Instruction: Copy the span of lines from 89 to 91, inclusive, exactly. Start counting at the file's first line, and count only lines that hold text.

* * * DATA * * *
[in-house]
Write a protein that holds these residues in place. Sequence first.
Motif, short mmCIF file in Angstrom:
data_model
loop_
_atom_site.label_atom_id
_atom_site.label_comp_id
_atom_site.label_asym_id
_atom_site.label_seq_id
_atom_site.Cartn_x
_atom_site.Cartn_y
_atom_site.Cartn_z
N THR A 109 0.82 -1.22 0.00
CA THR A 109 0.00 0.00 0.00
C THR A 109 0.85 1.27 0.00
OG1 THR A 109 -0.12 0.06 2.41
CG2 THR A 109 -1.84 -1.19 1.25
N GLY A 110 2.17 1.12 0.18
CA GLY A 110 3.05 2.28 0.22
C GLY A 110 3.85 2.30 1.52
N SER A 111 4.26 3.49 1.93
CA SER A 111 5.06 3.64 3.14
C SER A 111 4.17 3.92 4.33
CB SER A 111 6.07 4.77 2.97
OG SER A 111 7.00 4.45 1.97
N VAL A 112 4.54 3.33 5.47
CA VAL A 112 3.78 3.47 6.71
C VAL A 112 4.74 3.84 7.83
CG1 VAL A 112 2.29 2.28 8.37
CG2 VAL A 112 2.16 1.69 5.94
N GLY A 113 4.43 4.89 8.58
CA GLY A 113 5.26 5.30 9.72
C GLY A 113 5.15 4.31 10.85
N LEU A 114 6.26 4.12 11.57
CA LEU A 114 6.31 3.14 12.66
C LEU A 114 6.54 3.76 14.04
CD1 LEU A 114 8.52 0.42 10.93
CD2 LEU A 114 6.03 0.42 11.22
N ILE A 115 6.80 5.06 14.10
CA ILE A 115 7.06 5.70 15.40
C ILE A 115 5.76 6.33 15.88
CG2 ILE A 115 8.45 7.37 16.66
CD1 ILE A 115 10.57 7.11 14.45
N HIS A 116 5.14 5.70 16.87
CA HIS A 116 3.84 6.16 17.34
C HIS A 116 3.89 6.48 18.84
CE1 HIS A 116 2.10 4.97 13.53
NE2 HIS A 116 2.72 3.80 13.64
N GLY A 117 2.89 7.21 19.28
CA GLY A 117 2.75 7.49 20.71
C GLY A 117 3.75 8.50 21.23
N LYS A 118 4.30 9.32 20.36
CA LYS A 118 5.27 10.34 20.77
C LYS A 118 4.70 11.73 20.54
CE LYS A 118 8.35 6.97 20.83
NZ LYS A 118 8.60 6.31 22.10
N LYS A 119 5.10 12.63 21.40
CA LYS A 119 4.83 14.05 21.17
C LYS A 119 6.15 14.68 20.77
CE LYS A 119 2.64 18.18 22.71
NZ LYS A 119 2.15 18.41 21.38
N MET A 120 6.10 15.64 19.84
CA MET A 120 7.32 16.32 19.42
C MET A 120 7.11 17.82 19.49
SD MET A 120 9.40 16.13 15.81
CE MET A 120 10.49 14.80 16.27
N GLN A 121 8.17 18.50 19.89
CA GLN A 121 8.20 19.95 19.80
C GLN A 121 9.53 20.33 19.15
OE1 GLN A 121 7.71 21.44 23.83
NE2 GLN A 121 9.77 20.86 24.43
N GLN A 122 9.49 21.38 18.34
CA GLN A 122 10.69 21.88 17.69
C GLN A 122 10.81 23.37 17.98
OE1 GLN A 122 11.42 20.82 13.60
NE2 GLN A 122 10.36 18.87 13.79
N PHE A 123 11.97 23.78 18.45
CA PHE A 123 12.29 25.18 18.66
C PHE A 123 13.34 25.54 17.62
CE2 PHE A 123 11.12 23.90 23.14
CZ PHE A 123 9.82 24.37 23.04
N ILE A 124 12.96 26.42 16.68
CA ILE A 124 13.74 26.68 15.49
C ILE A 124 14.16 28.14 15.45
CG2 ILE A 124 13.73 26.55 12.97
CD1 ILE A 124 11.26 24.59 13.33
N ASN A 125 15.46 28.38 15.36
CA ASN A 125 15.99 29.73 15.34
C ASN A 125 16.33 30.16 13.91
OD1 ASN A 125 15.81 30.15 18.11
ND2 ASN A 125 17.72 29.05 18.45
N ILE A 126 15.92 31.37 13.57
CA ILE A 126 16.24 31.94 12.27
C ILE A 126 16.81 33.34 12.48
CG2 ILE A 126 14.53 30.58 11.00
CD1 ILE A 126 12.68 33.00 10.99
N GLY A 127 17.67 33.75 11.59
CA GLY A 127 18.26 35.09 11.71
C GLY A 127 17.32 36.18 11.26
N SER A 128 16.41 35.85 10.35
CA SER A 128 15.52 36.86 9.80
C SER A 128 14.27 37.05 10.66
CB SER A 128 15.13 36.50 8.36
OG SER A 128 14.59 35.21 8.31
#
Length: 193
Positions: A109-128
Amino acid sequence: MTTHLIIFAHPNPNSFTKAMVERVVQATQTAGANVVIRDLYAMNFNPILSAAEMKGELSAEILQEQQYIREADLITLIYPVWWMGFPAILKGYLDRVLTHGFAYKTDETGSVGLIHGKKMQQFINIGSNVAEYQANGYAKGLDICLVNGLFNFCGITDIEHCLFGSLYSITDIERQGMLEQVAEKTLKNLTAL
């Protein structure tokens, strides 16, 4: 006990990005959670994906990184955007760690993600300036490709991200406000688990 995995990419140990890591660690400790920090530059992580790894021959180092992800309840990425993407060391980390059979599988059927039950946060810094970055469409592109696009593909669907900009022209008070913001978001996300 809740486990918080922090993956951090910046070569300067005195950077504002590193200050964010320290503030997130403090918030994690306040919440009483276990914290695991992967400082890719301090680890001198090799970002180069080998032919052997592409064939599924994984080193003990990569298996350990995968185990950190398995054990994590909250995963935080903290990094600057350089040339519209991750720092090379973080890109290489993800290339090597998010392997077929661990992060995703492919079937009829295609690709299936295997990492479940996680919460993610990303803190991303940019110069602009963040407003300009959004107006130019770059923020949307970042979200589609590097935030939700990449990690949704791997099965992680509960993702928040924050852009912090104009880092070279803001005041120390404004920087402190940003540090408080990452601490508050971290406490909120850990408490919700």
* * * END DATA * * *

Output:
C ASN A 125 16.33 30.16 13.91
OD1 ASN A 125 15.81 30.15 18.11
ND2 ASN A 125 17.72 29.05 18.45